Neurodevelopmental diagnoses are more common among offspring of mothers who were infected with SARS-CoV-2, especially during the third trimester, according to study findings published in JAMA Network Open.
Initial research regarding immune activation in COVID-19 infection has indicated maternal and placental inflammation may impact the developing fetal brain and cytokine expression. Furthermore, COVID-19 infection may be associated with birth complications. Other research has shown that maternal infection in pregnancy is associated with adverse neurodevelopmental outcomes in their offspring, which may not manifest until adolescence or adulthood. Some COVID-19 patients showed neuropsychiatric symptoms that persisted up to a year later.
In the current study, researchers sought to estimate the risk for neurodevelopmental impact among mothers with SARS-CoV-2 infection.
The researchers conducted statistical analysis of electronic health records (EHR) of 2 academic medical centers and 6 community hospitals of 7772 live births (96% singleton; maternal age 32.9±5.0 years; 9.9% Asian, 8.4% Black, 15.1% Hispanic) between March and September 2020.
There were a total of 222 cases of SARS-CoV-2 positivity in pregnancy. Mothers exposed to SARS-CoV-2 were more likely to be Hispanic, not White or Asian. They were also more likely to have public, not private, insurance.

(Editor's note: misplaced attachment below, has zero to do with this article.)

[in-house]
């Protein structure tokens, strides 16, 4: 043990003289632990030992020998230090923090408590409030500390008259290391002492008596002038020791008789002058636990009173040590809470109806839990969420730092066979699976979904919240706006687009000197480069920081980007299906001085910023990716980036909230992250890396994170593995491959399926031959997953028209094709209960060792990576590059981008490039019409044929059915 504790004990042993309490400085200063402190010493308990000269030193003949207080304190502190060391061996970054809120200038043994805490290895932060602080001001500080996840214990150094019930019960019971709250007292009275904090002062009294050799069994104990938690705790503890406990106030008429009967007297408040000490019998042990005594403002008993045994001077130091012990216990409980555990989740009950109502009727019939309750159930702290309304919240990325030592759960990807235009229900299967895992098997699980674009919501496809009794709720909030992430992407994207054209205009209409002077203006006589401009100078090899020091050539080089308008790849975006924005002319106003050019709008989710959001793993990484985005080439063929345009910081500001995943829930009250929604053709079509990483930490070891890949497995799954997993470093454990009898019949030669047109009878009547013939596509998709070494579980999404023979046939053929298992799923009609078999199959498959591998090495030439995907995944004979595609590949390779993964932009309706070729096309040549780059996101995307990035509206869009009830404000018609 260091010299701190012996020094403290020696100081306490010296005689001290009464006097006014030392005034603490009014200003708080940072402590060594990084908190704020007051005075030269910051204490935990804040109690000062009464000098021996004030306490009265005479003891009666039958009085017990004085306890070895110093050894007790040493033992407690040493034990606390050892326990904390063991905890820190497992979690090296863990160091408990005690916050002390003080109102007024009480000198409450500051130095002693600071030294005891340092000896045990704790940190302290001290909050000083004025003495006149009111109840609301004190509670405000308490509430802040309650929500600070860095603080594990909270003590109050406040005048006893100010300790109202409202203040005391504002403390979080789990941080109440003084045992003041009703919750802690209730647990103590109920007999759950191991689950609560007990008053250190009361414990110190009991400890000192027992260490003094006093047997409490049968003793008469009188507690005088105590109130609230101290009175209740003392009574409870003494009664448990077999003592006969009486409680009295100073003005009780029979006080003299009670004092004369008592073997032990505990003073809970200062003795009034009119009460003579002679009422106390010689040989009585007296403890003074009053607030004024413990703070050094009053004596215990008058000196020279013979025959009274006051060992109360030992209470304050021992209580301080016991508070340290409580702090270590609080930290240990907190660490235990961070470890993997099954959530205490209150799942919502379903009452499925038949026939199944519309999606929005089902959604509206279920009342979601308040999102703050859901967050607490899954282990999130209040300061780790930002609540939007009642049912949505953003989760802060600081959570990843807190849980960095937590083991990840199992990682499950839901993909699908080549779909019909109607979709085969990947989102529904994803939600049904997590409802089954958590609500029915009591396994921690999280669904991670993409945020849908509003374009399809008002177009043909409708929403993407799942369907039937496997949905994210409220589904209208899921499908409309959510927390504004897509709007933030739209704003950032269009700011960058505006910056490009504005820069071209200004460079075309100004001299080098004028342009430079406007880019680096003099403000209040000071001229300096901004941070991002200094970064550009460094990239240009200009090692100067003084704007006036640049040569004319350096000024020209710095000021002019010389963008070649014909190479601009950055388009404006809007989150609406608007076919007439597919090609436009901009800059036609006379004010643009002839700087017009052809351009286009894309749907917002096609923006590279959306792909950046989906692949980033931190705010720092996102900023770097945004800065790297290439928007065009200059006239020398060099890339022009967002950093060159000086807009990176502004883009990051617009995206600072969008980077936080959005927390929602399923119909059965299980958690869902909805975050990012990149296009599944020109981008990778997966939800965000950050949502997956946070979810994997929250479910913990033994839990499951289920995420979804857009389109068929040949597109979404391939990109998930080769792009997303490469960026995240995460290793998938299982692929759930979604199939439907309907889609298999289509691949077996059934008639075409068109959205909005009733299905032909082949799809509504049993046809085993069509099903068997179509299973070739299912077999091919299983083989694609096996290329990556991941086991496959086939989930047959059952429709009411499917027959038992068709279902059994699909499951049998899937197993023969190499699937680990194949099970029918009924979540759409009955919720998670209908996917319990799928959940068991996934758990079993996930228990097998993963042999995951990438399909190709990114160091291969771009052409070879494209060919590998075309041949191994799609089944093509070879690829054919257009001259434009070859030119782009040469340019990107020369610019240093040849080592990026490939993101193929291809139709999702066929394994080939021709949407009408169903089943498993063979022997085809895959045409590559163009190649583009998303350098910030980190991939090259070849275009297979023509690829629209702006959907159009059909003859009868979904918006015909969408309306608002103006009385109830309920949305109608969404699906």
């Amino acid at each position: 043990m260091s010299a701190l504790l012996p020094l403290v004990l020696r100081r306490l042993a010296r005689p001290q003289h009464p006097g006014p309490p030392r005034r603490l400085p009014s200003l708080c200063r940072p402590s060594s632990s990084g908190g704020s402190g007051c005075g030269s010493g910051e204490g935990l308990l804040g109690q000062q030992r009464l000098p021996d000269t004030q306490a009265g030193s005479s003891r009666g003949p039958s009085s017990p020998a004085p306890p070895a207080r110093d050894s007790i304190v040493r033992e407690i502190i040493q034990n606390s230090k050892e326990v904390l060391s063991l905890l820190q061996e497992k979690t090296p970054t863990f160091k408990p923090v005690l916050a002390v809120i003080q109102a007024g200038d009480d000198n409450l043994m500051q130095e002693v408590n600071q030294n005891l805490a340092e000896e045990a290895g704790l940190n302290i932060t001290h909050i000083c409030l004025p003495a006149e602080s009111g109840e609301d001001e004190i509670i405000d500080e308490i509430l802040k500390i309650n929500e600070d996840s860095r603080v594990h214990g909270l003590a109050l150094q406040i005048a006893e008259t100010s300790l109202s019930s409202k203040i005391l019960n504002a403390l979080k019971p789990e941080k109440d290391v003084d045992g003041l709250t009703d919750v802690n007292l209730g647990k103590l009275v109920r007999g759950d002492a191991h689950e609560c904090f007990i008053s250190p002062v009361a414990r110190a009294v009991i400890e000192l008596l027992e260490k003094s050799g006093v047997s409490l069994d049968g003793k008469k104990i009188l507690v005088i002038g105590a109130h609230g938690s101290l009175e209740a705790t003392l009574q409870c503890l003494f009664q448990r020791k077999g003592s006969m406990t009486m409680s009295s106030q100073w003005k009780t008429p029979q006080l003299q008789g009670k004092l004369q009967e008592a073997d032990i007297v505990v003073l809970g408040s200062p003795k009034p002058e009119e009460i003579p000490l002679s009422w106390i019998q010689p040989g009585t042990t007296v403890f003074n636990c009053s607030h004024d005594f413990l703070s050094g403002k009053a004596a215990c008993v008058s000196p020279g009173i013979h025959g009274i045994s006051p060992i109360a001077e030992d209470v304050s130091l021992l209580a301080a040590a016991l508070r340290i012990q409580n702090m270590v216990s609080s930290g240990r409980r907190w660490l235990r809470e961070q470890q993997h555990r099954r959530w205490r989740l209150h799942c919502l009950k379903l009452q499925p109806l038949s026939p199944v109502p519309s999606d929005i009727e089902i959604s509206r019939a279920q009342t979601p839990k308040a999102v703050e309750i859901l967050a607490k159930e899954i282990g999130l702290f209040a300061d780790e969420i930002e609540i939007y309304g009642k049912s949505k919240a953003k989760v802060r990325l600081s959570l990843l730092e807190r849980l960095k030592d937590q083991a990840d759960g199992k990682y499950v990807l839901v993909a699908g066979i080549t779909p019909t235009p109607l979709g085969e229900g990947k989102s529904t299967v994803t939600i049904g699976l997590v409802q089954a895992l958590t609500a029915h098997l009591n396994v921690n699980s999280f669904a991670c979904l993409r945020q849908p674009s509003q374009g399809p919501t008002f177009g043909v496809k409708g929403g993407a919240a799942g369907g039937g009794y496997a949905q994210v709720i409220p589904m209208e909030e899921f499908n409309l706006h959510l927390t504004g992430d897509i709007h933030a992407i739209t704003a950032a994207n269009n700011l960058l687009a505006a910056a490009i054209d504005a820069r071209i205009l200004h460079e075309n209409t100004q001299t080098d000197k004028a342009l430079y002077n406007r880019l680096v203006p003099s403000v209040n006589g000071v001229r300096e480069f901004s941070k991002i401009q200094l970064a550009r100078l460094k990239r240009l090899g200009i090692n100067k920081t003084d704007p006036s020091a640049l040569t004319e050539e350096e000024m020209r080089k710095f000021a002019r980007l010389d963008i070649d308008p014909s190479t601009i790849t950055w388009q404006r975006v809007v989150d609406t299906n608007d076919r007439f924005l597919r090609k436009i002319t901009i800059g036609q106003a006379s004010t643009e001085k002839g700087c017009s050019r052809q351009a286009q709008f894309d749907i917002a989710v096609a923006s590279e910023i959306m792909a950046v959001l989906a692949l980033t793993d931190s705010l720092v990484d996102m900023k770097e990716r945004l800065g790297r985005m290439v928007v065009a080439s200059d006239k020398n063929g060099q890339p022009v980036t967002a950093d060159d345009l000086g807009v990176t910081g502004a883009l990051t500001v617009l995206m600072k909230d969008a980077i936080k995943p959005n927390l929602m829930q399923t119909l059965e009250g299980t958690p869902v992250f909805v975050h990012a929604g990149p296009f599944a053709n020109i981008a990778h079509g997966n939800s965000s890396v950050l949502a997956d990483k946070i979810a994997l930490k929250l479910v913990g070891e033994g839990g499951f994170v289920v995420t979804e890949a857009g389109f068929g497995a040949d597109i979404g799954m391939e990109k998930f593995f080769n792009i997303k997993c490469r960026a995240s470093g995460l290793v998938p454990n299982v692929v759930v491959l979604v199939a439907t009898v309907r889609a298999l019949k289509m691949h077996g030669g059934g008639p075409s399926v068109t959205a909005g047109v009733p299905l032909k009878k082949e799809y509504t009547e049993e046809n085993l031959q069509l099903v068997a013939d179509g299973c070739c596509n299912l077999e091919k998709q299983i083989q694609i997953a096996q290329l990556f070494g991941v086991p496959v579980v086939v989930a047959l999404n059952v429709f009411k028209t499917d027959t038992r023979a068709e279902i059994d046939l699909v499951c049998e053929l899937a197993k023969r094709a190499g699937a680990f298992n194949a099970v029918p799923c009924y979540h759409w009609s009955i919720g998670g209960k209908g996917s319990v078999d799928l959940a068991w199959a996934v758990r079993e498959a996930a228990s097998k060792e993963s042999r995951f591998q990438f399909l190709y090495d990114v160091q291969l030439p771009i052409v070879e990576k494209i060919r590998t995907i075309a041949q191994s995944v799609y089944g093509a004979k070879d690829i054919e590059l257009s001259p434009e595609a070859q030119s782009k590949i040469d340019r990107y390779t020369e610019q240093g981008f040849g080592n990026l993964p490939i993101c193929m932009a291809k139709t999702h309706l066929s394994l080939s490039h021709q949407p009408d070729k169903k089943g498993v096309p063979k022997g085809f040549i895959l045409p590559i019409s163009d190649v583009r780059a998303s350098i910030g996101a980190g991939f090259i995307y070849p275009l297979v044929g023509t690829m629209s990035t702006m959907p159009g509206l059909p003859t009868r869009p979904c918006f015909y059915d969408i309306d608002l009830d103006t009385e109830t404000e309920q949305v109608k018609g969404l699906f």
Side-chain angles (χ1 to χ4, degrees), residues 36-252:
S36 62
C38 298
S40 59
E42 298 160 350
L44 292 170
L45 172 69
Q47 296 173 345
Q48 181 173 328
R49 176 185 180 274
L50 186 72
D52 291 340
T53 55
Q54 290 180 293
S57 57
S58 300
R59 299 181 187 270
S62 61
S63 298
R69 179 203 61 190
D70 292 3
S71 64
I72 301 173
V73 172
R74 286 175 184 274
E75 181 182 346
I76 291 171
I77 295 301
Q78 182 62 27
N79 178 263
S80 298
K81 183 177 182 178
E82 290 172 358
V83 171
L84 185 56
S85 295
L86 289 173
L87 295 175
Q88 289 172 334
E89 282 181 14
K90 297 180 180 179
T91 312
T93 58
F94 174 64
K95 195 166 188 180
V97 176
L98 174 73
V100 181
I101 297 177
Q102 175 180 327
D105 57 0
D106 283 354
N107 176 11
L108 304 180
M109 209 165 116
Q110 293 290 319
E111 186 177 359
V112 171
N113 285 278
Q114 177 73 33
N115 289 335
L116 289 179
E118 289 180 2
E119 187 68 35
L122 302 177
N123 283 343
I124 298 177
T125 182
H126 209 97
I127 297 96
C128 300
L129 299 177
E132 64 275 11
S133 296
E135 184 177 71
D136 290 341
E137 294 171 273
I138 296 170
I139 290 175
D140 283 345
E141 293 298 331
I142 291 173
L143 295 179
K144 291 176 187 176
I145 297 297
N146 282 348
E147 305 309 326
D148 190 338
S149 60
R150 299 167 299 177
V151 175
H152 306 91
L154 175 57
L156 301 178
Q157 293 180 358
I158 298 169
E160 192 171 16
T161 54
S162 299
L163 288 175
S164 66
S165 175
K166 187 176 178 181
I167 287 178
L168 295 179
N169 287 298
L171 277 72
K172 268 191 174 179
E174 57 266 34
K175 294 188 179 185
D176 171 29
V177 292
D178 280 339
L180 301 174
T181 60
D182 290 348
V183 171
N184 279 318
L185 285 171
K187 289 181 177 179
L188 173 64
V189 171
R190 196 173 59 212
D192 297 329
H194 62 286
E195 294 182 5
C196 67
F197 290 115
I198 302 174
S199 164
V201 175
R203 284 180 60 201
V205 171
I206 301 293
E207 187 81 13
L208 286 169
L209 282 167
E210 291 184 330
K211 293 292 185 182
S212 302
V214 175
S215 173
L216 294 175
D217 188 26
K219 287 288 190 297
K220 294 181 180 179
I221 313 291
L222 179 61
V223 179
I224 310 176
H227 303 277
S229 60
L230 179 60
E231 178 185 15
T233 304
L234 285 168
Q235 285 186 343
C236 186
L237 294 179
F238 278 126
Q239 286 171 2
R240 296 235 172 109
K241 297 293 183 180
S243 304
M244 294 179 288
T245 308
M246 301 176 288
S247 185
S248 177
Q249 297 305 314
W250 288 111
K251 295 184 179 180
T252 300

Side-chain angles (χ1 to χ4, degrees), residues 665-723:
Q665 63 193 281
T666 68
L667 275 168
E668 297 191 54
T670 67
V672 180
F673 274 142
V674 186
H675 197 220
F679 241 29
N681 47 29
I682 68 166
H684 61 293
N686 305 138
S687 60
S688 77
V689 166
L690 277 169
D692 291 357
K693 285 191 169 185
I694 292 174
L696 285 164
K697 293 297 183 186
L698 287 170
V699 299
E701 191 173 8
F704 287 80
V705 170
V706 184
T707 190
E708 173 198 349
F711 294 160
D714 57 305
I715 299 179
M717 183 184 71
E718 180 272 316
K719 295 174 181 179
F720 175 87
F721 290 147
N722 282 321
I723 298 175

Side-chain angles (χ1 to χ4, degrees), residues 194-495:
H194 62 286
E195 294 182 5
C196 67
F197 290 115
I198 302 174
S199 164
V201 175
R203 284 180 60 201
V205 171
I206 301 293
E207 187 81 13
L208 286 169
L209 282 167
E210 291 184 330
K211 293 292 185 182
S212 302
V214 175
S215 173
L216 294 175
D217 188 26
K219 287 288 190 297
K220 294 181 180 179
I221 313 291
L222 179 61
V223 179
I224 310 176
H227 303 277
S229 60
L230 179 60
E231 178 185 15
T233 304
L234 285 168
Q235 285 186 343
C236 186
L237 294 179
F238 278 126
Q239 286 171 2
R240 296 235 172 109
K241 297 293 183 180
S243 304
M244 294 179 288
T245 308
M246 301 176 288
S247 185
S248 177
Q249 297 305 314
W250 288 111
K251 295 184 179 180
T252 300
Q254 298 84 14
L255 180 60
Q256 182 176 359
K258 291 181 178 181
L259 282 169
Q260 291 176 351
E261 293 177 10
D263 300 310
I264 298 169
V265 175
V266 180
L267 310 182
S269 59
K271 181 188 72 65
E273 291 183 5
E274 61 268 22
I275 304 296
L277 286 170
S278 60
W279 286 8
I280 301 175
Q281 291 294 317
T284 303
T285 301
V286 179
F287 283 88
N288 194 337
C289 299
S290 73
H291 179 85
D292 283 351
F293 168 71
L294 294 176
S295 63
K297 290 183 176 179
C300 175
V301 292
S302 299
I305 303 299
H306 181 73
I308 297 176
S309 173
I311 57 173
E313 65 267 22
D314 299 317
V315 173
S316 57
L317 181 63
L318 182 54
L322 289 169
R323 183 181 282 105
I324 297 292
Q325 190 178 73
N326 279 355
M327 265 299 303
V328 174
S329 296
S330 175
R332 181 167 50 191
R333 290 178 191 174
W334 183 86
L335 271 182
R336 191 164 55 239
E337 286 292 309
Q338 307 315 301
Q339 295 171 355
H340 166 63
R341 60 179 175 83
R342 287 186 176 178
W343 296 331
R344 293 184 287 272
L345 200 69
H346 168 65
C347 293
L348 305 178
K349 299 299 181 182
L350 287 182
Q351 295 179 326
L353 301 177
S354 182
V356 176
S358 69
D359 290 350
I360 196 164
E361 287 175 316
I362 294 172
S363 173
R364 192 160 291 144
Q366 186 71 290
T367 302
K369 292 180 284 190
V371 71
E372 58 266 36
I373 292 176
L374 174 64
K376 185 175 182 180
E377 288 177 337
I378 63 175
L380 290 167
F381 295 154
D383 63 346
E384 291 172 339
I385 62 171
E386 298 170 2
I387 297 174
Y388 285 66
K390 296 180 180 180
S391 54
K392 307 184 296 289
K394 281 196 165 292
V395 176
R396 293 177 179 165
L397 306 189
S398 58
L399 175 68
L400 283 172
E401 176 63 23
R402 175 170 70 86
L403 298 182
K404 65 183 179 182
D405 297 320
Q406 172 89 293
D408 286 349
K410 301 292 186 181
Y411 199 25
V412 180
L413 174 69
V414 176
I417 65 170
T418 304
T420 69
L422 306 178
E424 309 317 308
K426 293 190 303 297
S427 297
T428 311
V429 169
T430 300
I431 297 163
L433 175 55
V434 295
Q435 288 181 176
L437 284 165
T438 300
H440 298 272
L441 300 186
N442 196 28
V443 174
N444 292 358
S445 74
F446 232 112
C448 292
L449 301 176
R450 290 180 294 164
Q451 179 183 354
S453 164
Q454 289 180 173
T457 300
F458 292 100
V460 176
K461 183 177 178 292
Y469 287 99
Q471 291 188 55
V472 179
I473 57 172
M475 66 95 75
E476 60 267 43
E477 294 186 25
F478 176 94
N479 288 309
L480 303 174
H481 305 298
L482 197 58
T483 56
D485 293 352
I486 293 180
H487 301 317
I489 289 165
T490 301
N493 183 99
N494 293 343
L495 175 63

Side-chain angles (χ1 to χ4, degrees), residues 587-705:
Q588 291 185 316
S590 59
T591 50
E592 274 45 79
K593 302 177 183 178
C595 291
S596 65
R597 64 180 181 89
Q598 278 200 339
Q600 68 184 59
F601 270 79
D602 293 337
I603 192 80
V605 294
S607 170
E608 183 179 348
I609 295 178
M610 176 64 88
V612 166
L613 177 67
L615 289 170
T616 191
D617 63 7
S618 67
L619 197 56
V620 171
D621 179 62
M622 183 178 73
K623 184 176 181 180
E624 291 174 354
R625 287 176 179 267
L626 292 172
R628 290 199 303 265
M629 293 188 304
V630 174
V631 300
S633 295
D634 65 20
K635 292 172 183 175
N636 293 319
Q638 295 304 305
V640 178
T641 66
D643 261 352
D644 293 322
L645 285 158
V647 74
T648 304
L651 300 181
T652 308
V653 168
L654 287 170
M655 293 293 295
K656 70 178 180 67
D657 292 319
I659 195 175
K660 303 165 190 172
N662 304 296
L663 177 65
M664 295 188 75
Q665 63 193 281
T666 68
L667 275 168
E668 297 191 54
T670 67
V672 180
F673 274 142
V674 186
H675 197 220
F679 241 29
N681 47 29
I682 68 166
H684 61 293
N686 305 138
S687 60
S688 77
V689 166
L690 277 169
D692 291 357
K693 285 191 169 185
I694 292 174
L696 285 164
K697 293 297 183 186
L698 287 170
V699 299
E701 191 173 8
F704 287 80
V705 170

Preterm delivery was associated with SARS-CoV-2 exposure (P =.003).
Fourteen of the 222 exposed infants (6.3%) and 227 of the 7550 unexposed infants (3.0%) were diagnosed with a neurodevelopmental disorder within 1 year (crude odds ratio [OR], 2.17; P =.006).
The most common disorders were specific developmental disorder of motor function (F82), expressive language disorder (F80.1), and unspecified developmental disorder of speech and language (F80.9).
Time to diagnosis tended to be earlier among exposed individuals (median 214 days vs 275 days).
Adjusting for nonsingleton deliveries, developmental diagnosis among COVID-exposed offspring was 1.86 compared with unexposed (95% CI, 1.03-3.36; P =.04).
Limiting infection to third trimester infections led to an adjusted OR of 2.34 (P =.01).
The researchers calculated that any confounders they did not detect would need to be 3.12 times more common among exposed individuals and cause 3.12 times the risk to produce the observed effect.
Among 27 diagnostic categories, only any viral infection was more common among exposed offspring (crude OR, 2.59; AOR, 1.81).
Study limitations included short follow-up, possible ascertainment bias, error in test result, and relatively small sample size.
In-utero exposure to SARS-CoV-2 during the third trimester was associated with a greater risk for adverse neurodevelopmental outcomes at year 1 among offspring.
The researchers believe their findings “highlight the urgency of follow-up studies in large and representative cohorts.” “More broadly, our analysis indicates the feasibility of leveraging EHR data for a retrospective cohort study that may enable detection of risk signals before such large-scale, prospective follow-up studies are available. The approach described here, using coded clinical data extracted from the EHR, is amenable to scaling across multiple health systems in the US and internationally,” they concluded.
Disclosure: Some study authors declared affiliations with biotech, pharmaceutical, and/or device companies. Please see the original reference for a full list of authors’ disclosures.
Edlow AG, Castro VM, Shook LL, et al. Neurodevelopmental outcomes at 1 year in infants of mothers who tested positive for SARS-CoV-2 during pregnancy. JAMA Network Open. Published online June 9, 2022. doi: 10.1001/jamanetworkopen.2022.15787
This article originally appeared on Neurology Advisor